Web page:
• Network ransomware: It spreads within a network and infects multiple computers or servers. Shared network resources, vulnerabilities in network protocols or unsecured remote desktop connections are the gateway for hackers.
  • Dox or leakware: Attackers threaten to publish stolen or encrypted victim data if no ransom is paid. This form of ransomware aims to blackmail victims by publishing sensitive information instead of just denying access to files.
  • Ransomware as a Service (RaaS): Cyber criminals even offer ransomware kits as a subscription. Using ready-made tools, even technically inexperienced people can initiate ransomware attacks.

How do you identify and combat ransomware?

Early detection of ransomware is crucial to minimize the impact on your system and your data. You should pay attention to the key points here:

  1. Use reliable antivirus and anti-malware software!
  2. Use behavior-based detection: There are behavior-based detection techniques that identify ransomware based on its actions rather than its signature. This includes monitoring system behavior for unusual file encryption patterns or attempts to change system settings.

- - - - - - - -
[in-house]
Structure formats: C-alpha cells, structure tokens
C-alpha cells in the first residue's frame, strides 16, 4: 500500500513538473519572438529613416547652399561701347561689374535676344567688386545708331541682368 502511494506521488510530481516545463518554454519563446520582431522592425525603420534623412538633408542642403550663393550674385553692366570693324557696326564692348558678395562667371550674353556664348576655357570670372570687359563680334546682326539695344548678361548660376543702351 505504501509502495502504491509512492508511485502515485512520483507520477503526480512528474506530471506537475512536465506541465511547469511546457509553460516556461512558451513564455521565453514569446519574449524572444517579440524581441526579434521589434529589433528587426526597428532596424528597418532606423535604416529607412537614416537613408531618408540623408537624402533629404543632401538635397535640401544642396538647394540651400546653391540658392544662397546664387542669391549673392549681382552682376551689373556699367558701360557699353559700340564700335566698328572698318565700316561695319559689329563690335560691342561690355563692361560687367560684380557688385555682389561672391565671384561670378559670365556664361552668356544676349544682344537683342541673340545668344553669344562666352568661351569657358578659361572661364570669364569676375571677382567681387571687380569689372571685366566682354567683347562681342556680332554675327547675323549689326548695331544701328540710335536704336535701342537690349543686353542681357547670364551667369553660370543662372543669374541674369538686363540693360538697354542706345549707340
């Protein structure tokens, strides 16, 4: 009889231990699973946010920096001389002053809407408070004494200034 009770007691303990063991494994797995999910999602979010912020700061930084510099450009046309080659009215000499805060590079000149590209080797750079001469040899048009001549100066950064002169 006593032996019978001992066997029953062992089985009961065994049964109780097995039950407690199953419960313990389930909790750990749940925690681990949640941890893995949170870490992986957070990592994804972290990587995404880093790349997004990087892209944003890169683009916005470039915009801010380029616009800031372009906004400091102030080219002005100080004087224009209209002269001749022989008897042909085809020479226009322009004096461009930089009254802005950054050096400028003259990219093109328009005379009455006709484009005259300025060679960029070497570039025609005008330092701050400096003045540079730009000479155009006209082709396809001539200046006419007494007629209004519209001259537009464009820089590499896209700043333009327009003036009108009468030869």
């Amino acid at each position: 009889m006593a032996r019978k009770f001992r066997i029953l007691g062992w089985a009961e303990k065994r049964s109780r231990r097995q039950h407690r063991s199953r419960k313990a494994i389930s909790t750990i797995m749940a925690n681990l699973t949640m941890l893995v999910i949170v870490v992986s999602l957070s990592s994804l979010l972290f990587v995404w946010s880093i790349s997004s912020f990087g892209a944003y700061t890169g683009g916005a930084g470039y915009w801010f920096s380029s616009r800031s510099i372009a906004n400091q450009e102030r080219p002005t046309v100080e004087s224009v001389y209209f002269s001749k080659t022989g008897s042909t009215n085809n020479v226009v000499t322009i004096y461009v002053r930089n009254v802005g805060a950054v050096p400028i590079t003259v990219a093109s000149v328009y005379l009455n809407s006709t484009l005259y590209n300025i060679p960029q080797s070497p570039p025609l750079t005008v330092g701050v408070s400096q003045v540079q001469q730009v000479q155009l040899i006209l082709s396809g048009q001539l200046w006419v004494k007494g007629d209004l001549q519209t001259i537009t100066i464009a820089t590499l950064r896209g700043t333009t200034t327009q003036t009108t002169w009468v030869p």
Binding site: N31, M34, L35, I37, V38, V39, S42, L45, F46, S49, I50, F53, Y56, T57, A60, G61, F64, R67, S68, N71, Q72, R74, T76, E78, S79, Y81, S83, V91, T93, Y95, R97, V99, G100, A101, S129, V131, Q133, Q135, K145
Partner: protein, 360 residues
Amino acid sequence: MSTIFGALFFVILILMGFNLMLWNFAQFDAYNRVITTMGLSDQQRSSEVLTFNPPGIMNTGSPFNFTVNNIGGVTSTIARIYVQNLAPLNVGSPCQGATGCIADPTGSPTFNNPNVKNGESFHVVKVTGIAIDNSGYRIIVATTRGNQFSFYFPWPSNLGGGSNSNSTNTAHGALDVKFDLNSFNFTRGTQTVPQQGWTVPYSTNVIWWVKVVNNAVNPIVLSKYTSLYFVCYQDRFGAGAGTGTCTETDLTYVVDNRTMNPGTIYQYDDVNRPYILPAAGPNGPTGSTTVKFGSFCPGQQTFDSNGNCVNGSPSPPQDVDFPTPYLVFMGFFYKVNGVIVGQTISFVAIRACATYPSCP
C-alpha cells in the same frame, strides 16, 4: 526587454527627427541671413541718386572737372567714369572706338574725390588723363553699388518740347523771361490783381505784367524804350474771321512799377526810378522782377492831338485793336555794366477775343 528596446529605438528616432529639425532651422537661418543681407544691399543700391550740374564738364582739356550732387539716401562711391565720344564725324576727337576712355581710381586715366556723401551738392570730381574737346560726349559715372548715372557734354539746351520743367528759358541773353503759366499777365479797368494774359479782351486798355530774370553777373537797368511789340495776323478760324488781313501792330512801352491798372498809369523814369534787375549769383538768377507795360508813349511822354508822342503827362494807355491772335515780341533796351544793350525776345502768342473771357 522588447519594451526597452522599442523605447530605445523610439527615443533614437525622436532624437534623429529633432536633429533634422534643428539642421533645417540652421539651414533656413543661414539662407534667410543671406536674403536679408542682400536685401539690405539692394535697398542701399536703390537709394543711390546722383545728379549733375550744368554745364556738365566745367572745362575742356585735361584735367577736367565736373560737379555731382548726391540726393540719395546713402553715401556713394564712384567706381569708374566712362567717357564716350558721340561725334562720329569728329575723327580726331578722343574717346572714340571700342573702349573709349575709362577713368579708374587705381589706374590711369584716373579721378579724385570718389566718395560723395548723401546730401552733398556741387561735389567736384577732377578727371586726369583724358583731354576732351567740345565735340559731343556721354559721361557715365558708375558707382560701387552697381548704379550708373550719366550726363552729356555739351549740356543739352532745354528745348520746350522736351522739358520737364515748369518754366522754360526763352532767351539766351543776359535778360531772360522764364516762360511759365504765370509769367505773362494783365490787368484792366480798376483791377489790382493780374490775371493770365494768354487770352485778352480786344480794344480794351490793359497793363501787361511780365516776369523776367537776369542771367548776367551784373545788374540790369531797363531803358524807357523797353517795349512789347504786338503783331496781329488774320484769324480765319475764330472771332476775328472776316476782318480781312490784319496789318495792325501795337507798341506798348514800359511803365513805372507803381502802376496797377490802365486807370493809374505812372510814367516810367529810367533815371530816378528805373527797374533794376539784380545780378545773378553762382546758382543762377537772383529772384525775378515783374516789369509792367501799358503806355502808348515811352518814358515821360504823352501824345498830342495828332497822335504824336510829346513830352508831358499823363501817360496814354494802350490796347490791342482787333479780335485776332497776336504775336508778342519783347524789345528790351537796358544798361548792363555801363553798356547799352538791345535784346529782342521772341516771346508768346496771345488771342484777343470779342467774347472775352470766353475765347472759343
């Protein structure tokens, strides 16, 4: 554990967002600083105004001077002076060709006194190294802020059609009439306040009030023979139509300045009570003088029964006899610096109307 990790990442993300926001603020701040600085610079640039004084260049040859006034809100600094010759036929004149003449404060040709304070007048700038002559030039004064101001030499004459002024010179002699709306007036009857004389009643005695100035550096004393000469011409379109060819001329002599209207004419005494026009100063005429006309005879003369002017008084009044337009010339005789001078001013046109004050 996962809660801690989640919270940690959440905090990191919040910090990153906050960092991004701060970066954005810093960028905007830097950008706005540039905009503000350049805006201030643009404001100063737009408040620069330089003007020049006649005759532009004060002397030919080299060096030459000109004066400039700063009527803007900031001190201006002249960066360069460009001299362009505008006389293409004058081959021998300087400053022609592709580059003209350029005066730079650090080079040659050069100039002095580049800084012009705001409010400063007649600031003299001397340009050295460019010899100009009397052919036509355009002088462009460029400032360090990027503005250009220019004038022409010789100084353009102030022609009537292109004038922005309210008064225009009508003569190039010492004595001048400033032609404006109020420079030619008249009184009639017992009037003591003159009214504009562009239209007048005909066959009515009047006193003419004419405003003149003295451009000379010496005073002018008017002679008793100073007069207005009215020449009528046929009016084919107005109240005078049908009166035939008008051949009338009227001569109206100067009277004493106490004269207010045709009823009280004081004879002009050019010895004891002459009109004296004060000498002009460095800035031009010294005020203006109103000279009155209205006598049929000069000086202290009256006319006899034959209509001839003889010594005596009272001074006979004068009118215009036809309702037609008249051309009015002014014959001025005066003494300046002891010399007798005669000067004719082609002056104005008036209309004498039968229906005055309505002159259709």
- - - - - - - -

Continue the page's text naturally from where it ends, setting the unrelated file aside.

3. Educate employees about the risks of ransomware and sensitize them to report suspicious activity on their systems. This will enable IT and security teams to respond more quickly to potential ransomware infections and reduce the impact.
  4. Use mechanisms to identify anomalies. This could be a sudden increase in file encryption activity, unauthorized access attempts or unusual network traffic patterns.
  5. Use file integrity monitoring tools to track changes to files and directories.
  6. Analyze network traffic for signs of ransomware communication, such as connections to known command and control servers used by ransomware operators. Intrusion Detection and Prevention Systems (IDPS) help to block suspicious connections in real time.
  7. Monitor user activity on your network to identify unusual actions.
  8. Deploy Endpoint Detection and Response (EDR) solutions that provide real-time visibility into endpoint activity and enable rapid response to potential threats.
  9. Implement SIEM solutions that collect and analyze security event data from multiple sources across your network. SIEM platforms can be used to correlate events, identify potential security incidents and facilitate response to ransomware attacks.